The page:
The U.S. has more than 7,000 warehouses that employ more than 145,000 workers. Lifting and moving merchandise takes its toll on many of these workers. Some become injured due to the repetition of daily tasks. Others suffer more serious injuries due to preventable mishaps.
Whatever the cause of harm, warehouse workers who are hurt on the job often face costly medical care and potential loss of livelihood. However, these expenses should be covered by Florida’s workers’ compensation program.
If you are facing problems with your own workers’ compensation claim, Frank M. Eidson, P.A., can help. It’s free to talk to an attorney with our firm. During your consultation, we can explain your rights and options as an injured worker. Get started by contacting us today.
How Common are Warehouse Accident Injuries?
Each year, the warehousing and storage industry experiences approximately 15,000 injuries and illnesses. Seven out of every 100 warehouse and storage workers suffer an on-the-job injury.
Research from the University of California-Davis indicates that 10-14 deaths occur per every 100,000 warehouse workers. That makes warehousing one of the top 100 deadliest jobs in the U.S.
Also, overexertion injuries—common among warehouse workers—are the leading cause of disabling injury, according to the Liberty Mutual Workplace Safety Index.
What Types of Accidents Can Occur in Warehouses?
The most common warehouse accidents are:
- Slips, trips, and falls
- Material handling accidents (such as dropped boxes and containers)
- Forklift accidents and other vehicle accidents
- Chemical spills
What Types of Injuries Do Warehouse Workers Suffer?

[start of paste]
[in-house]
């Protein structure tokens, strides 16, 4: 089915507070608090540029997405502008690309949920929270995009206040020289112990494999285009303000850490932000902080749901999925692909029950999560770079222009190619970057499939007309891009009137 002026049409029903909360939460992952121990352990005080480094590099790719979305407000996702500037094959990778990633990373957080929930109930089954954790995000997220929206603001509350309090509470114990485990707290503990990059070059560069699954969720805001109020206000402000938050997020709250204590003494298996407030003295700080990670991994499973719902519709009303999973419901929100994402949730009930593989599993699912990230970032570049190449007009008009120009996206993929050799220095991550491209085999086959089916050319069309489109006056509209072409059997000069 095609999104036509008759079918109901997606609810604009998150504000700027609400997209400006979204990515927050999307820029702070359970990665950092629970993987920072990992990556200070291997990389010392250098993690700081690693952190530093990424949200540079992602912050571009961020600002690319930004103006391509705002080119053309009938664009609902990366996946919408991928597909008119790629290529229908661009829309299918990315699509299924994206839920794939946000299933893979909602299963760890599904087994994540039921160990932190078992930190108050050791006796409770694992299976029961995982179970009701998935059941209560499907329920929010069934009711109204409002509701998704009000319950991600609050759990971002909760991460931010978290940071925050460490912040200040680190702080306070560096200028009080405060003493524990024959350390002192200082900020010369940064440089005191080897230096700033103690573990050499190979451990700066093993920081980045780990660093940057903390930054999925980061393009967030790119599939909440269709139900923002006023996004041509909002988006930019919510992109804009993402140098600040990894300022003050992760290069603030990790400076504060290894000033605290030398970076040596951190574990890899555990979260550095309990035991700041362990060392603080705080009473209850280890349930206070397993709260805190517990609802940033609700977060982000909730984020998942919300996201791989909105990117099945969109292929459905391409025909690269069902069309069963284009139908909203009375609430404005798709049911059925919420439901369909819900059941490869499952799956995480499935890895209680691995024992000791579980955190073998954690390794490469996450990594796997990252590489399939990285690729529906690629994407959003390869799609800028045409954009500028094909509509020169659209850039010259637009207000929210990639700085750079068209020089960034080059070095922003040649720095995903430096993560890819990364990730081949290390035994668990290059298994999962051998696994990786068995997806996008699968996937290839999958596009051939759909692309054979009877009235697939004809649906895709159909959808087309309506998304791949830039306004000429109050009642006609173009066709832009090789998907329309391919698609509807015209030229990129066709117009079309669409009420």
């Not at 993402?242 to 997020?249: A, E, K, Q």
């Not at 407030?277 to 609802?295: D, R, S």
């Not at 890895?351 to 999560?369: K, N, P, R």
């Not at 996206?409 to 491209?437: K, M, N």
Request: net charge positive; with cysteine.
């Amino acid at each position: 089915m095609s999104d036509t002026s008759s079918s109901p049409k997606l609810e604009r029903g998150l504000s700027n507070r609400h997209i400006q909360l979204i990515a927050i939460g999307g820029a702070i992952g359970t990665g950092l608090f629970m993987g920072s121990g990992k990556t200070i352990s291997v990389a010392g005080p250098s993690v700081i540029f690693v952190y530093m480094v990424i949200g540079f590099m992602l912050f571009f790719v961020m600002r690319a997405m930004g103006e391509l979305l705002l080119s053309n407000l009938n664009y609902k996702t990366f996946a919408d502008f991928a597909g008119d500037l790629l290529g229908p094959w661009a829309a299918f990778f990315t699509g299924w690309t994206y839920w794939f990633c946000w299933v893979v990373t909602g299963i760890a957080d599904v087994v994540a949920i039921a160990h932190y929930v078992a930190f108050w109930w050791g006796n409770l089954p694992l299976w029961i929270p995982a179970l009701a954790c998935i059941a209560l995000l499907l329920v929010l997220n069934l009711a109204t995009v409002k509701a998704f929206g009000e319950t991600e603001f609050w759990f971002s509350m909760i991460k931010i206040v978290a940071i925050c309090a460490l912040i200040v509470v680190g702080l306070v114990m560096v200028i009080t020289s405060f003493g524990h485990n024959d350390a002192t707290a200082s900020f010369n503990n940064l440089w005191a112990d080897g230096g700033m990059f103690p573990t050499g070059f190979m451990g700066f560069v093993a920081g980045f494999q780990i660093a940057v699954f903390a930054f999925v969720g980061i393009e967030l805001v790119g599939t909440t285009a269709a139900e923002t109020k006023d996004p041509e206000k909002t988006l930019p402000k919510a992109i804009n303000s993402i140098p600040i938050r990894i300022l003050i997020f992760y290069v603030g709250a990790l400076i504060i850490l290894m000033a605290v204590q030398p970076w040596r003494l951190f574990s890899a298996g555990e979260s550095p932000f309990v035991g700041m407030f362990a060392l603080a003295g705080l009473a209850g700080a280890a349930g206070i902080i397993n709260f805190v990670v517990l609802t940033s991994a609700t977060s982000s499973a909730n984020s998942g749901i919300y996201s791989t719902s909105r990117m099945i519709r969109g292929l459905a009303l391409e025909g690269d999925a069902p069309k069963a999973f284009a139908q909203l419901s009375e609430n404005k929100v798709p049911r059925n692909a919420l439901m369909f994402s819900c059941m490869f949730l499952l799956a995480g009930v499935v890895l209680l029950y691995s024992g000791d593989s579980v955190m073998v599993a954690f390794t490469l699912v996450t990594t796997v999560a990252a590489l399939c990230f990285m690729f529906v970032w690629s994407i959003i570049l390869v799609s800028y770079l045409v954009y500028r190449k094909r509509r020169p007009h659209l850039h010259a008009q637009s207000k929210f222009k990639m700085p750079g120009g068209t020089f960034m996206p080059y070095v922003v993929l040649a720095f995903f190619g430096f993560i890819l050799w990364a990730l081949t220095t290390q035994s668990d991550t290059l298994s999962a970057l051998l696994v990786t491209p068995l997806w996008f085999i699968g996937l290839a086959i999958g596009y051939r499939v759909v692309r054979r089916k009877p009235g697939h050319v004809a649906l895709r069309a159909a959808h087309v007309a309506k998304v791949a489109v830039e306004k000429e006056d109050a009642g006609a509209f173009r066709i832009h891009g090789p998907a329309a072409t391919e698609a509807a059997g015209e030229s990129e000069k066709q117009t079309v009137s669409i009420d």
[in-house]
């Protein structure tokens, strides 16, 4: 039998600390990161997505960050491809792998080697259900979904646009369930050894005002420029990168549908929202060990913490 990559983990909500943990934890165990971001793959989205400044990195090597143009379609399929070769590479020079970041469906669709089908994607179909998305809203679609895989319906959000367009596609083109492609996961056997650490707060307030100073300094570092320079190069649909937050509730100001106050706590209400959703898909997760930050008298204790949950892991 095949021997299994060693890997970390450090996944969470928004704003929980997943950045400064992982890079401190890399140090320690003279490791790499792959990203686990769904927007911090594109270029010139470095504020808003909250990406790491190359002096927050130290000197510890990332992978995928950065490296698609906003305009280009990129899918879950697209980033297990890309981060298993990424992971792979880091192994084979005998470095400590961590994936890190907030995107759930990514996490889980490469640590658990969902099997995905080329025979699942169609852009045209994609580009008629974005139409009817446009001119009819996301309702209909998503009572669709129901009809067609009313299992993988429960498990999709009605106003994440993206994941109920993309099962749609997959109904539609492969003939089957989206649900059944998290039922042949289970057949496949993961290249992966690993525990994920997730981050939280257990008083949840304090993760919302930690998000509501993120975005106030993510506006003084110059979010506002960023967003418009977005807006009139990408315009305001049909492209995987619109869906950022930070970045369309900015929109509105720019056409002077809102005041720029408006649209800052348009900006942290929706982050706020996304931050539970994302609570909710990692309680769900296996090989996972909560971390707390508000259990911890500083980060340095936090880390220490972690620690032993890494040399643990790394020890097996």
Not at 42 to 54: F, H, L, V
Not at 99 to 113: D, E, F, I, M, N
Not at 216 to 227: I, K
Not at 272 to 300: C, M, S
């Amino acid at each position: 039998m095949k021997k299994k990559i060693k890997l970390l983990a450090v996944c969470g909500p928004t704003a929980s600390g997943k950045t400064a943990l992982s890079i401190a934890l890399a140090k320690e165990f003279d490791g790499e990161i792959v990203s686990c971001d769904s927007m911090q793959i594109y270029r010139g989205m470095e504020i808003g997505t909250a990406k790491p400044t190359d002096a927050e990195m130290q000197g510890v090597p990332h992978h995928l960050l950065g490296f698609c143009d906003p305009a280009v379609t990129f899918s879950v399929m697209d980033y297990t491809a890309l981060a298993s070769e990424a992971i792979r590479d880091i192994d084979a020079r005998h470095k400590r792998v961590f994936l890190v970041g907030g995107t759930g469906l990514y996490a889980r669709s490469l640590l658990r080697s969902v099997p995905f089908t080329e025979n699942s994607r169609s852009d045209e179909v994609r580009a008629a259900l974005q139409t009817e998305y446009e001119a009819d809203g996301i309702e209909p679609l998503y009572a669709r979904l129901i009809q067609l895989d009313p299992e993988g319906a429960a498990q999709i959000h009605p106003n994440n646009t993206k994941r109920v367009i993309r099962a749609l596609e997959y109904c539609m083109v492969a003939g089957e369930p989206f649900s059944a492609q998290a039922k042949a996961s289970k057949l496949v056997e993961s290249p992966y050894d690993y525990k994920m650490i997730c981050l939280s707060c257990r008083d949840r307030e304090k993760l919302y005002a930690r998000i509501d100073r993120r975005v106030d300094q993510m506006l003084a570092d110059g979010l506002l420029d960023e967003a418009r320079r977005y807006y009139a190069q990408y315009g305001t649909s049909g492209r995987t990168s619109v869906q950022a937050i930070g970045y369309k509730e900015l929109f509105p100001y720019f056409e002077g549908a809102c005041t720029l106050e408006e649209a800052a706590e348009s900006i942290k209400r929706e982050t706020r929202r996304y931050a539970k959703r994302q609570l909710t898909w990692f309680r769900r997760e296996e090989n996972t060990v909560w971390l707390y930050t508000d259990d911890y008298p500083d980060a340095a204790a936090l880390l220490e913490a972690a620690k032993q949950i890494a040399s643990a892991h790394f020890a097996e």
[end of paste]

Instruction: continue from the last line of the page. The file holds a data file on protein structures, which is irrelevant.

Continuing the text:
Warehouse work is physical in nature. It involves working at heights. It also requires the use of large, heavy, machinery such as forklifts. Injuries common to warehouse workers include:
- Ergonomic-related injuries (from lifting, reaching, pulling, and pushing)
- Back strain
- Pulled muscles
- Pinched nerves
- Sprains and strains
- Carpal tunnel
Why Do Warehouse Accidents Happen?
From a safety point of view, warehouses often receive short shrift compared to a company’s manufacturing sites and transport vehicles. Citations by the Occupational Safety & Health Administration (OSHA) reveal which warehouse accidents likely could have been prevented by a greater focus on safety. OSHA frequently issues citations for safety violations in warehouses that involve:
- Electrical system design and wiring methods
- Protecting floor and wall openings and holes
- Respiratory protection
- Portable fire extinguishers
- Hazard communication.
The fatigue and exhaustion that accompany the demands of warehouse production standards makes it all the more likely that unsafe conditions will lead to worker harm.
How Can a Florida Workers’ Compensation Lawyer Help With Your Warehouse Accident Injury?
The process of seeking compensation through a Florida workers’ compensation claim is very different than seeking compensation through a lawsuit.
In one sense, workers’ compensation claims are simpler. They don’t require you to prove wrongdoing. However, they still present their own set of complications. Bureaucratic red tape abounds. Even a simple paperwork error could delay your recovery of benefits or lead to a denial of your claim.
With so much at stake, it is important to work with an attorney who has extensive experience with handling Orlando, Winter Park, and other central Florida workers’ compensation claims. For a free case review, contact Frank M. Eidson, P.A., today.
For More Information
- Fatal Occupational Injuries by Industry and Event or Exposure, Bureau of Labor Statistics (BLS)
- Survey of Occupational Injuries & Illnesses, BLS
- Warehousing and Storage (NAICS 493), BLS
- The Dangers of Modern Warehouses and How to Prevent Them, Storage Solutions, Inc.
- Warehouse Safety: It’s No Accident, Inbound Logistics
- Warehouse Workers, HealthDay